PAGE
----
Donora church group makes dignity robes for cancer patients

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DONORA, Pa. (AP) — Women undergoing radiation treatment for breast cancer at Monongahela Valley Hospital are receiving a comforting assist from parishioners at Our Lady of the Valley Catholic Church in Donora.

Volunteers at the church have been creating robes of dignity and donating them to the breast cancer patients.

"Our breast cancer patients certainly appreciate these personal gifts of caring," said Debbie Burkhardt, director of radiation oncology at the Charles L. and Rose Sweeney Melenyzer Regional Cancer Center.

"This is a wonderful gesture by the group at Our Lady of the Valley toward women facing the daunting and exhausting courses of radiation treatments associated with breast cancer," she said.

Dignity robes are unique in that they are used in place of regular hospital gowns that can leave patients exposed from the waist up.

"They are similar to a blouse in that they offer more coverage for the patient," said Vera Klein, one of the founders of the program at Our Lady of the Valley Church. "That is important to any woman undergoing any type of treatment in the hospital. It is especially true for breast cancer patients."

Klein and Rita Demeter, both residents of Carroll Township, initiated the dignity robes program at their church after reading about a similar effort at St. Louise de Marillac Church in Upper St. Clair Township.

"We read about the St. Louise robes in a church publication and thought that might be something we could do," Demeter recalled. "We contacted the woman in charge at St. Louise and she invited us to visit there and discuss the program. They were very helpful in explaining how they meet monthly and also sew at home to create the robes. They have about 30 women involved in the work."

The St. Louise group invited the Donora women to join their efforts in making robes for patients at UPMC Cancer Care Center at St. Clair Hospital, Jefferson Hospital, Magee-Womens Hospital, Shadyside Hospital and the Hillman Cancer Center.

"We felt that we would prefer to stay in our community and donate our robes to the breast cancer patients at Monongahela Valley Hospital," Demeter said. "There are so many women from the Mon Valley who are treated there and it seemed more appropriate for us to focus on helping them."

Klein said they took the idea to the Rev. Pierre M. Falkenhan Jr., pastor of Our Lady of the Valley, and he "was very receptive and gave us an area to use as a sewing room."

"We then sought volunteers to do the sewing and received a good response from parishioners and others in the community," Klein said.

Demeter said the group has made more than 100 dignity robes since the program began last summer. They come in sizes from small through double extra large and patients are permitted to keep them.

"We used a fall theme for the material and then holiday characters and colors in the most recent group of robes," she said. "The patients seem to love them, to know that these robes belong to them personally."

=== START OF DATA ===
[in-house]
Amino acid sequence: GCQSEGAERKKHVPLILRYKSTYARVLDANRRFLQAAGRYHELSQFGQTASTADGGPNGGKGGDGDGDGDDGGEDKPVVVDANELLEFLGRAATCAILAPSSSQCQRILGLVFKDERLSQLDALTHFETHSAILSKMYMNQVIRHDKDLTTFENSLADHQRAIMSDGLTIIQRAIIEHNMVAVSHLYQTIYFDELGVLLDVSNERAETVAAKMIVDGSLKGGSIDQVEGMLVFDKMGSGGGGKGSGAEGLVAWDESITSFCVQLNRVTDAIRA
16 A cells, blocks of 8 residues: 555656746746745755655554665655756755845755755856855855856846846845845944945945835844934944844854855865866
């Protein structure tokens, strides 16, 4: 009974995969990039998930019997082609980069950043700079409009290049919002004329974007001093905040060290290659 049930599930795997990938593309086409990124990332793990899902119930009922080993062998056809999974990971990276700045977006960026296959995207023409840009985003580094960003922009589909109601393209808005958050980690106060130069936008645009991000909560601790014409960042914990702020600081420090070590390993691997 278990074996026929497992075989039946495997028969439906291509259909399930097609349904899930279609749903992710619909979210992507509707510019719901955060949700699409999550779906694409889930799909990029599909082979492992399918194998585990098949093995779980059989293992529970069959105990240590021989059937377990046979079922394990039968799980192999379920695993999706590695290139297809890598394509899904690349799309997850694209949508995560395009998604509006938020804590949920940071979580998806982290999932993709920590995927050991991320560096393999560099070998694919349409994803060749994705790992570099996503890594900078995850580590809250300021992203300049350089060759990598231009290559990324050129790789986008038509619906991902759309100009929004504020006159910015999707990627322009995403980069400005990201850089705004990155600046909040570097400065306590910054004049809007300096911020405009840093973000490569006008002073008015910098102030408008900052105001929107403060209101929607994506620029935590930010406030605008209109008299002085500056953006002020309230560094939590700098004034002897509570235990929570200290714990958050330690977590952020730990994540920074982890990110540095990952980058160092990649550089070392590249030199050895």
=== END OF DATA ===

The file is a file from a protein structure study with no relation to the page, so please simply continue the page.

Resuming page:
The Donora volunteers meet the third Friday of each month from 9 noon in the social hall of the church to cut and sew the colorful robes that open not only in the front but on the sides. They are currently on hiatus during the holidays and winter months but plan to resume a regular schedule in February or March.

"Some of the women have taken patterns and material home to cut and sew there," Klein said. "We have one volunteer who drives here from Greensburg to take part in the monthly sewing sessions but also does work at home."

Klein and Demeter expressed sincere gratitude to businesses and individuals throughout the Mon Valley that have helped with the project.

"Parishioners from our church as well as others in the community have made monetary contributions and others have donated coupons for sales on material and patterns at such places at Jo-Ann Fabrics," Klein said. "That helps a lot."

She also noted that Debbie Buck, owner of Audrey's Draperies in Charleroi provided a "huge assist" by donating a large supply of Velcro tape, which is used in making the robes.

Klein said the group from Our Lady of the Valley Church enjoys creating the dignity robes "as a community project" and get satisfaction from the response of the breast cancer patients.

"The women truly find comfort from the robes," she said. "And that's the kind of feedback we appreciate hearing. I received a note from a woman that lives in McKeesport but is a patient at Mon Valley Hospital and it was so poignant. I had tears in my eyes when I read it."

Demeter said the appeal of the attractive dignity robes has not been lost on patients and staff in other areas of the hospital.

"Several people have asked us to make these robes for their patients, but we're not sure that we could meet the demand," she said. "We have only a small group of dedicated volunteers and we certainly wouldn't want to disappoint anyone by not filling orders on a larger scale."

Klein agreed but did note that the group might expand its production and distribution of the dignity robes to other cancer centers in the area.

"We feel we have done a good job at Mon Valley Hospital and we'll be there as long as they need us," she said.




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